I remember playing Global Domination when I was 10 or 11 on my old, completely internet-incapable IBM. The prospect was exciting, take on the persona of a prominent historical figure and conquer the world. However, the game was pretty advanced for its simplicity. You could attempt to hold treaties with other diplomats in an effort to spare your territories from being annexed to theirs, and the AI would actually say humorous phrases when defeated or won. I like to think of it as an archaic, MSDOS version of Age of Empires or a very, very basic version of Risk.
Actually, like Risk, there is no naval warfare.
Features include different modern army types, espionage, sabotage, intelligence, random revolutions, and tactical-level combat. The graphics are DOS-era but very appealing. Bright, vivid colors distinguish your territory from others.
Play at a simple or advanced level against your friends (via modem or using the same computer) or against one of history's notable conquerors (represented by the computer). Choose from Julius Caesar, Napoleon, Attila the Hun and more, each with their own personality and playing style that affects their strategy.
Build up huge armies with your choice of unit types, and decide where to site your attack force. You can either have combat resolved for you by the computer, like a board game, or zoom down to a satellite view of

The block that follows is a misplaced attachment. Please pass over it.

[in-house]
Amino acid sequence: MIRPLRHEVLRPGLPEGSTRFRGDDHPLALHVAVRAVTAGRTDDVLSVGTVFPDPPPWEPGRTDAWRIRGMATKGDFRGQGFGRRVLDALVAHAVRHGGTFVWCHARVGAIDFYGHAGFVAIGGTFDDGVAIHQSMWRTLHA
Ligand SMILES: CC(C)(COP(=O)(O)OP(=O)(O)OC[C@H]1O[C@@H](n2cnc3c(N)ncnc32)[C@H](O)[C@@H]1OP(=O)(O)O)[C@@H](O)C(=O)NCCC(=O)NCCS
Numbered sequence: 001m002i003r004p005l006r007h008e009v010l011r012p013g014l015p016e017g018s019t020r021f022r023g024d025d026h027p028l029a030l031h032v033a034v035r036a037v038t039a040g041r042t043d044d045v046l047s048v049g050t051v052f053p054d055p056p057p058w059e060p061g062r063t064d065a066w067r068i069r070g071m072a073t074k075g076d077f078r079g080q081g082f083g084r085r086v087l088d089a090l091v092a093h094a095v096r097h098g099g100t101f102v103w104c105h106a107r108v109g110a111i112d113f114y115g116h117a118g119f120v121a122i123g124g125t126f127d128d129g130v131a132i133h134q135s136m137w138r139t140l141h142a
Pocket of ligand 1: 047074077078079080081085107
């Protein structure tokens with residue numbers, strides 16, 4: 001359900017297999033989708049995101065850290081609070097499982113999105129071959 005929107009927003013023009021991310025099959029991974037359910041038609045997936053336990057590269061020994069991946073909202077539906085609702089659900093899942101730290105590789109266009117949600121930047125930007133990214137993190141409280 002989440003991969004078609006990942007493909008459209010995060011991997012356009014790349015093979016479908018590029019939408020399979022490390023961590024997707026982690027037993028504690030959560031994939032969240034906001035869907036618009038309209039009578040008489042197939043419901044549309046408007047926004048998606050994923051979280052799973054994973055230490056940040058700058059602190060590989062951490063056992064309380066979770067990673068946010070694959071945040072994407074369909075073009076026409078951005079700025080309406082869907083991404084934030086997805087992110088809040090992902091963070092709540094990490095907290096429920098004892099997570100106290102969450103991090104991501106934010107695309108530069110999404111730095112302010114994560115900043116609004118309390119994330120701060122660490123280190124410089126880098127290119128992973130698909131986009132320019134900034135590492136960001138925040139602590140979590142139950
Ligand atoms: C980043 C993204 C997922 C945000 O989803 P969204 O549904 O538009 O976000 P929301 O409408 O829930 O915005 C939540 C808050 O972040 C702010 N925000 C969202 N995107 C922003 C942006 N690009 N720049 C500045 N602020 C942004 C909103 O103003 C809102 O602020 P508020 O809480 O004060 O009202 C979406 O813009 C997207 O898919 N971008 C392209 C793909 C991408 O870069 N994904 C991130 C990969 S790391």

the battlefield and lead your forces to victory in person.
To rule the world, you'll need to select your countries with care, trying to conquer as many of the resource-rich countries as you can, and work with your fellow megalomaniacs. Use alliances and pacts to buy safety on some fronts while you wage war on others, but beware the wrath of an opponent whose trust you've breached. Also watch out for opponents whose words of peace cannot be trusted. Use subversive activity to undermine your tougher opponents, and use spies to find out what the enemy is really up to.
This game also has a random map generator, much like the aforementioned Age of Empires. The sound effects were pretty impressive for its time, but the box claimed that the satellite view was "stunning". Even in its heyday (1993), those weren't the best graphics. If you wanted that, you would have played "Lost In Time".
A fun fact about this game is that Adolf Hitler was going to be one of the playable characters on the selection screen. They even advertised it on the box, but showed no such promise.